Existing Issues Associated With Electric Distribution System

Existing Issues Associated With Electric Distribution System

Sivaraman P. (TECH Engineering Service, Chennai, India) and Sharmeela C. (Department of Electrical and Electronics Engineering, College of Engineering, Anna University, Chennai, India)
DOI: 10.4018/978-1-7998-1230-2.ch002
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The common problems existing in electric distribution systems are: under voltage; overloading of distribution system components; unbalanced loading; transformer without OLTC operation; improper reactive power compensation; power theft; conversion of 3phase supply into 2phase supply; voltage sag; harmonics and system resonance condition; voltage fluctuations; problem in fault identification; transients; and renewable energy penetration, resulting in functional problems to both distribution power supply company as well as end user. This chapter discusses the various problems in the electric distribution system.
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The major components used in distribution systems are distribution transformers, distribution overhead lines, cables, switch gears like Air Circuit Breaker (ACB), Moulded Case Circuit Breaker (MCCB), Miniature Circuit Breakers (MCB), Residual Current Circuit Breaker (RCCB), fuses, etc., isolators, contactors, capacitor banks, harmonic filters, end user loads like motors, UPS systems, luminaries (incandescent lamps, florescent lamps, CFLs, LEDs, etc.), resistive loads (iron boxes, water heaters, etc.), electronic gadgets (laptops, mobile phones, digital watches, etc.) and diesel generators. Diesel generators in low voltage EDS are mostly standby generators and it will be in operation only if power grid supply is not available (Alhelou et al., 2019; Makdisie et al., 2018; Alhelou et al., 2018; Alhelou et al., 2016; Haes Alhelou et al., 2019; Njenda et al., 2018). These standby diesel generators are not operating parallel with the power grid at any point of time.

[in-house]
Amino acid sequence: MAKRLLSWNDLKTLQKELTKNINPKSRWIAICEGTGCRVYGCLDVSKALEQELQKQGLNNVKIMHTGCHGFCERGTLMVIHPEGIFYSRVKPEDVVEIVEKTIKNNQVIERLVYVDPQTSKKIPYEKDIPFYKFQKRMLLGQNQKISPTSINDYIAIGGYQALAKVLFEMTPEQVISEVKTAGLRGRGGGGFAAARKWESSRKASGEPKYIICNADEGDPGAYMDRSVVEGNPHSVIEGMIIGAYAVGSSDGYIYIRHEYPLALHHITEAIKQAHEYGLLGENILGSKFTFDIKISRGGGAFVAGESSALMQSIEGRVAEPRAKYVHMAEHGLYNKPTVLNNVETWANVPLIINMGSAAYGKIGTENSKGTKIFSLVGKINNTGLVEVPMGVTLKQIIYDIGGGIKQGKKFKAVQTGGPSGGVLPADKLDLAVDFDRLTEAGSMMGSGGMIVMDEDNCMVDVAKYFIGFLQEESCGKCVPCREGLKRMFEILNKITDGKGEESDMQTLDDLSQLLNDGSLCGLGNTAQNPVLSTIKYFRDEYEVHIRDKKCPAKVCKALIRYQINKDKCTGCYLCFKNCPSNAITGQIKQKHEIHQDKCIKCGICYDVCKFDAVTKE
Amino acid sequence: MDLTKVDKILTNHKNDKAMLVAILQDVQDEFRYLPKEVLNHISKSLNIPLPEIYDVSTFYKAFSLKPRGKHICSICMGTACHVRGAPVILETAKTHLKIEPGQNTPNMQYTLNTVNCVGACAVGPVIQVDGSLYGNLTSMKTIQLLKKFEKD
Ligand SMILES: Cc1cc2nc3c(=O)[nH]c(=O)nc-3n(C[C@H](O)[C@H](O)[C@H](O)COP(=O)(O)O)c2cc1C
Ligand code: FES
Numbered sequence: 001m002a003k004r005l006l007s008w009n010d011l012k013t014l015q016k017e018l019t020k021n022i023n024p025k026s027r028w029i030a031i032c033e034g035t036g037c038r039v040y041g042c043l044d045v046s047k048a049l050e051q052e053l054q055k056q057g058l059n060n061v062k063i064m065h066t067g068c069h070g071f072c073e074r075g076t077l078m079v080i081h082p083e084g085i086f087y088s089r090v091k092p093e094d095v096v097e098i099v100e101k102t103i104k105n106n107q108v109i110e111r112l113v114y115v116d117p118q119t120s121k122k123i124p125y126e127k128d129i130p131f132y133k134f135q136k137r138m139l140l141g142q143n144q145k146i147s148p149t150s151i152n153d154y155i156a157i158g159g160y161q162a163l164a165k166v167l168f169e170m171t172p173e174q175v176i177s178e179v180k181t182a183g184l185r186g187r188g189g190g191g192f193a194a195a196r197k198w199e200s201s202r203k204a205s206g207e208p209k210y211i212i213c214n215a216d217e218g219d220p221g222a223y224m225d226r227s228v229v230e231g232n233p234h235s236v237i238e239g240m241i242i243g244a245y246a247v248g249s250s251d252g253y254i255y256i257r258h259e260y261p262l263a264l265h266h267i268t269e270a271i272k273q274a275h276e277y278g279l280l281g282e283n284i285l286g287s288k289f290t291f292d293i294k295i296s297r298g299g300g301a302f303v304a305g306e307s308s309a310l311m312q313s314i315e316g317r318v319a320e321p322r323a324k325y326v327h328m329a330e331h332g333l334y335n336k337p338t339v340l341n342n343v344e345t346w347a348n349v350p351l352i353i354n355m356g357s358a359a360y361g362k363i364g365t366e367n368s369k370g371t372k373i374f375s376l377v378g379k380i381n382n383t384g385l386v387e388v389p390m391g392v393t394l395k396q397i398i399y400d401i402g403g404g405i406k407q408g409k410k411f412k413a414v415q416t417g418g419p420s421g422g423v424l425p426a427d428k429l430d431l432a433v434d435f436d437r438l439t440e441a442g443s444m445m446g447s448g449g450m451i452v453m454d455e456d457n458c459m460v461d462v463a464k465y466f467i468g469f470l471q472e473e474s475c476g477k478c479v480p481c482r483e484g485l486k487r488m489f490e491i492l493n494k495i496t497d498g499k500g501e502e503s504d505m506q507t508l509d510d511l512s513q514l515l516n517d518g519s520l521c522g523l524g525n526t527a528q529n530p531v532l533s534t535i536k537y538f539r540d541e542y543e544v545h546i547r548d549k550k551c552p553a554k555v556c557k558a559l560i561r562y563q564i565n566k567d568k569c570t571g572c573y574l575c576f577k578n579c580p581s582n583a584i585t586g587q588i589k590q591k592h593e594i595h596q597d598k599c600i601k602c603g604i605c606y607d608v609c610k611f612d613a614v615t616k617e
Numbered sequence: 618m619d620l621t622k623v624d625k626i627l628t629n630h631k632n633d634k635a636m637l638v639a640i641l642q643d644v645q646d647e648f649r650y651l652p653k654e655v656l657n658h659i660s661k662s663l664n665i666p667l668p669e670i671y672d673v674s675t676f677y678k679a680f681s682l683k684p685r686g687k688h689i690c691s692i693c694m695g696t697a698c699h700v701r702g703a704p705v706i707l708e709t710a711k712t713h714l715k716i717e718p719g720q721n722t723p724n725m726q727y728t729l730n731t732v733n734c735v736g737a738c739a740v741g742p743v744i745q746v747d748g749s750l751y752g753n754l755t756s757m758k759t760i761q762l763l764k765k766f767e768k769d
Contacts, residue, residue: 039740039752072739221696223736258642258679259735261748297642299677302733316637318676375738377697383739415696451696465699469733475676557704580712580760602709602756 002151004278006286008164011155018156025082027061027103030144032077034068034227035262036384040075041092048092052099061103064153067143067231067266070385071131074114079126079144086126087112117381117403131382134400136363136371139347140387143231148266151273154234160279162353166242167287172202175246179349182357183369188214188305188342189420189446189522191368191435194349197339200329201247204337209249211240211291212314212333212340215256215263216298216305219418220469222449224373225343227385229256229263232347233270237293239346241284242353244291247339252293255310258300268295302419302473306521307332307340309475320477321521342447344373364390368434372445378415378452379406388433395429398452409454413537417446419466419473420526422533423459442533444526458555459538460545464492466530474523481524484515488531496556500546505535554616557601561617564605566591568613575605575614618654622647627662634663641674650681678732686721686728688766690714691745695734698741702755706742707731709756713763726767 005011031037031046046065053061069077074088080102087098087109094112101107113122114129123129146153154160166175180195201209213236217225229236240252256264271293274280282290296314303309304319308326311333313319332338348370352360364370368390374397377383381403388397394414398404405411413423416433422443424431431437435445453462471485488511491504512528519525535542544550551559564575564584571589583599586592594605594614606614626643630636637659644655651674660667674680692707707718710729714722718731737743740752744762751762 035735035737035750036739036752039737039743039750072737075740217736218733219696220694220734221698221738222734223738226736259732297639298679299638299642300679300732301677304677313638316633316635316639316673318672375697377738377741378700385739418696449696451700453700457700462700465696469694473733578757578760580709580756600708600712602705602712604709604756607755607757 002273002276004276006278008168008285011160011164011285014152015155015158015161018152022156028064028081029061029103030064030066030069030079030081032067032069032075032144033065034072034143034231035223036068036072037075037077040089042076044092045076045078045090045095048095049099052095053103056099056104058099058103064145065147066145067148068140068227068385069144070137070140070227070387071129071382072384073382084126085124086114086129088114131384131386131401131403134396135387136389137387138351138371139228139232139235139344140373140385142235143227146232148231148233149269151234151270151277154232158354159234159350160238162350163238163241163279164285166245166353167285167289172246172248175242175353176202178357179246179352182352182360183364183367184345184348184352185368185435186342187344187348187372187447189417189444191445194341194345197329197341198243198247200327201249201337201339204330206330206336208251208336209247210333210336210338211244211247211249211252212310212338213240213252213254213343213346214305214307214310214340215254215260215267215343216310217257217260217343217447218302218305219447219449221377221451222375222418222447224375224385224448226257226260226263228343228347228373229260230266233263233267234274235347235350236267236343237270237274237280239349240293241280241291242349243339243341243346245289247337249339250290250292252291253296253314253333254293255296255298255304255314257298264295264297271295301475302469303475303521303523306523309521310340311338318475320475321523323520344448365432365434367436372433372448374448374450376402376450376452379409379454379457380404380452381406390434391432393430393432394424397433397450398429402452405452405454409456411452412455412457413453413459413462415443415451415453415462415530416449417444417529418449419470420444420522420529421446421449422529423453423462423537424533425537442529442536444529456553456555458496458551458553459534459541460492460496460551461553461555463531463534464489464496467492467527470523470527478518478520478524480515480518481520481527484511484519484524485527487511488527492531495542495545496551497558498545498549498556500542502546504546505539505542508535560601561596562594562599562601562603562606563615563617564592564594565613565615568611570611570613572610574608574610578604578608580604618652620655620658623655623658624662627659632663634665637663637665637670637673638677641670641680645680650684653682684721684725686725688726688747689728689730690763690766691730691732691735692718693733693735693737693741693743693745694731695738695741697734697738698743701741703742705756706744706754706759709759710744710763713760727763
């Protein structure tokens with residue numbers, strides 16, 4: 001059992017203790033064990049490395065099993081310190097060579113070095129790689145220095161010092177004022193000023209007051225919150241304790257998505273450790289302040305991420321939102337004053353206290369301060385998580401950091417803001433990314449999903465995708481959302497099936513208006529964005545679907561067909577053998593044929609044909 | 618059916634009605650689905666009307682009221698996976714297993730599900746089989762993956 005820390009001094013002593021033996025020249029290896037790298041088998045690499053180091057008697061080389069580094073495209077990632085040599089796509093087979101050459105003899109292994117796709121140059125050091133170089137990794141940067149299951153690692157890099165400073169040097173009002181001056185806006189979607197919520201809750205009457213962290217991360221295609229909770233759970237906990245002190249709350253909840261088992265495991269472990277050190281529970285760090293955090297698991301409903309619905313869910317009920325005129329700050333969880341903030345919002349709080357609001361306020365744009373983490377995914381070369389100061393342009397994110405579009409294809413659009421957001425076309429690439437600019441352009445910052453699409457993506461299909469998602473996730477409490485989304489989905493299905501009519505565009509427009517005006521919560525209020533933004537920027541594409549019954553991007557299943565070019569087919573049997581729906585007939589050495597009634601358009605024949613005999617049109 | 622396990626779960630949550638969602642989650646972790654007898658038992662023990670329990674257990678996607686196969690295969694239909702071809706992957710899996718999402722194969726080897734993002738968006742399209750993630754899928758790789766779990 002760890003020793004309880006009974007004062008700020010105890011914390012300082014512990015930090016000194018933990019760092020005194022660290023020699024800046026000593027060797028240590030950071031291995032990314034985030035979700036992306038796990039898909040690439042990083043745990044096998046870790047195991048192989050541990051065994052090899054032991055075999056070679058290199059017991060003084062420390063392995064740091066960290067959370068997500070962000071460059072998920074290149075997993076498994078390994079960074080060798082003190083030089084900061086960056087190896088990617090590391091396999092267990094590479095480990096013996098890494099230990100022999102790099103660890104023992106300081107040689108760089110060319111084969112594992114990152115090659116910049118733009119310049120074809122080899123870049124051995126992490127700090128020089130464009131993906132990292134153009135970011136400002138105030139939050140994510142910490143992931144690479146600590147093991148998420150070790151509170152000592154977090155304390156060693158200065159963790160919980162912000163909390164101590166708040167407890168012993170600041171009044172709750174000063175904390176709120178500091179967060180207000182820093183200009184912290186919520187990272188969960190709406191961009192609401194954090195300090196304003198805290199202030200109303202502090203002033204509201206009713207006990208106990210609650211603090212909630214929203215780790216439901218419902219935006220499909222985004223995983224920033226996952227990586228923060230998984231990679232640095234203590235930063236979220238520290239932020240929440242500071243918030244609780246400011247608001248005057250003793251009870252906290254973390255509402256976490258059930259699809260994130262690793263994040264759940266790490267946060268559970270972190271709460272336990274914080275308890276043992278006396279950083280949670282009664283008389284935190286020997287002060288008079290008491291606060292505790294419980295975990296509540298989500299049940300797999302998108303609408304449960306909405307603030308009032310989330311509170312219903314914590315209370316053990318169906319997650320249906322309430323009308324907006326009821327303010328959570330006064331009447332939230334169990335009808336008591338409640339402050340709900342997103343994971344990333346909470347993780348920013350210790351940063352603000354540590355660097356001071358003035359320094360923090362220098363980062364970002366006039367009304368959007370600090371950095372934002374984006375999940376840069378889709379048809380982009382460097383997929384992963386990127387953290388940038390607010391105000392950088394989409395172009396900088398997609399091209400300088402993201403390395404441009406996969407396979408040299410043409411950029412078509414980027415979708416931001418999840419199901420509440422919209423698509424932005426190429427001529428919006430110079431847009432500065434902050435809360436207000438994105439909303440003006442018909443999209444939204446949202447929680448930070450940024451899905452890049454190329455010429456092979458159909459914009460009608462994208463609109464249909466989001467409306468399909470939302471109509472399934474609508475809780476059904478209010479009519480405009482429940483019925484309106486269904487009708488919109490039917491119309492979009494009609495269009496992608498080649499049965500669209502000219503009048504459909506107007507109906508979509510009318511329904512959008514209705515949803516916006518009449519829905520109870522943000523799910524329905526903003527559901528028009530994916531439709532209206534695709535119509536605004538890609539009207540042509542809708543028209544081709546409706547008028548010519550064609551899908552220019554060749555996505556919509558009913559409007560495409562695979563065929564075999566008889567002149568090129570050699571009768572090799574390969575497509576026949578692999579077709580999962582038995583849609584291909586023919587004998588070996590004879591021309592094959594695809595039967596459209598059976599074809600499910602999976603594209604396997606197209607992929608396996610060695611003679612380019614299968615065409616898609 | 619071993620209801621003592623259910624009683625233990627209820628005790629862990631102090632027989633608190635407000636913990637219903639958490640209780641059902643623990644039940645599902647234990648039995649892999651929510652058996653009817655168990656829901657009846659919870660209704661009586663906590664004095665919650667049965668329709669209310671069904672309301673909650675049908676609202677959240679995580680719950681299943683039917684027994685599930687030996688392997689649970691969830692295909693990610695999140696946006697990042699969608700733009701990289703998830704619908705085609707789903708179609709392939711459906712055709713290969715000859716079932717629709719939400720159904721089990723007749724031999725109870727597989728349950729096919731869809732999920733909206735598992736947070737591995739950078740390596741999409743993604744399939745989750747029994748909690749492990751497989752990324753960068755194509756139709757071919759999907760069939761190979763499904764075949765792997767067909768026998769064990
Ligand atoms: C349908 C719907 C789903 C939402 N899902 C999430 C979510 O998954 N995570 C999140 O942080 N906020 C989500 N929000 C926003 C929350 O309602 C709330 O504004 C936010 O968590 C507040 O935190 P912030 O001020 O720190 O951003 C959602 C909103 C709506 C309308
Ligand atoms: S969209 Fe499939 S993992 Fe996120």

The distribution system is affected by various problems like voltage sag & swell, transients, under voltage & over voltage, unbalance, voltage fluctuations, harmonics, etc. Fault in transmission system have an impact in reduction of voltage in distribution system as voltage sag because transmission system prone to more numbers of transient faults (Sivaraman et al. 2017; Khan et al., 2019; Khan et al., 2018; Khan et al., 2017; Banteywalu et al., 2019; Anteneh et al., 2019; Molla et al., 2019, Molla et al., 2018, Jariso et al. 2018). The detailed explanation of problems in distribution systems are given in this chapter.


Problems In Electric Distribution System

The problems existing in EDS are

  • Under voltage

  • Overloading of distribution system components

  • Unbalanced loading

  • Transformer without OLTC operation

  • Improper reactive power compensation

  • Power theft

  • Conversion of 3 phase supply into 2 phase supply

  • Voltage sag

  • Harmonics and system resonance condition

  • Voltage fluctuations

  • Problem in fault identification

  • Transients

  • Renewable energy penetration

These problems are resulting in functional problems to both distribution power Supply Company as well as end user.

  • 1.

    Under Voltage: The under voltage is the one of the main problem of many low voltage public distribution systems. As per IEEE 1159-2009, under voltage is defined as reduction of voltage magnitude from 0.9pu to 0.1pu for the time duration greater than one minute. The causes of under voltage are sustained overloading of distribution circuit components, failure and inadequate reactive power compensation, switching on back to back higher capacity loads (IEEE Std, 2009, Chattopadhyay et al. 2011, Zobaa and Aleem, 2017). In India, there is no active voltage control in 66kV or 33kV below voltage level (GIZ, 2017).

Key Terms in this Chapter

Transient: It is a momentary variation in current, voltage, or frequency.

Unbalanced Loading: The imbalance occurs when an open or short circuit appears at the load.

Voltage Sag: A voltage sag or voltage dip is a short duration reduction in RMS voltage which can be caused by a short circuit, overload or starting of electric motors.

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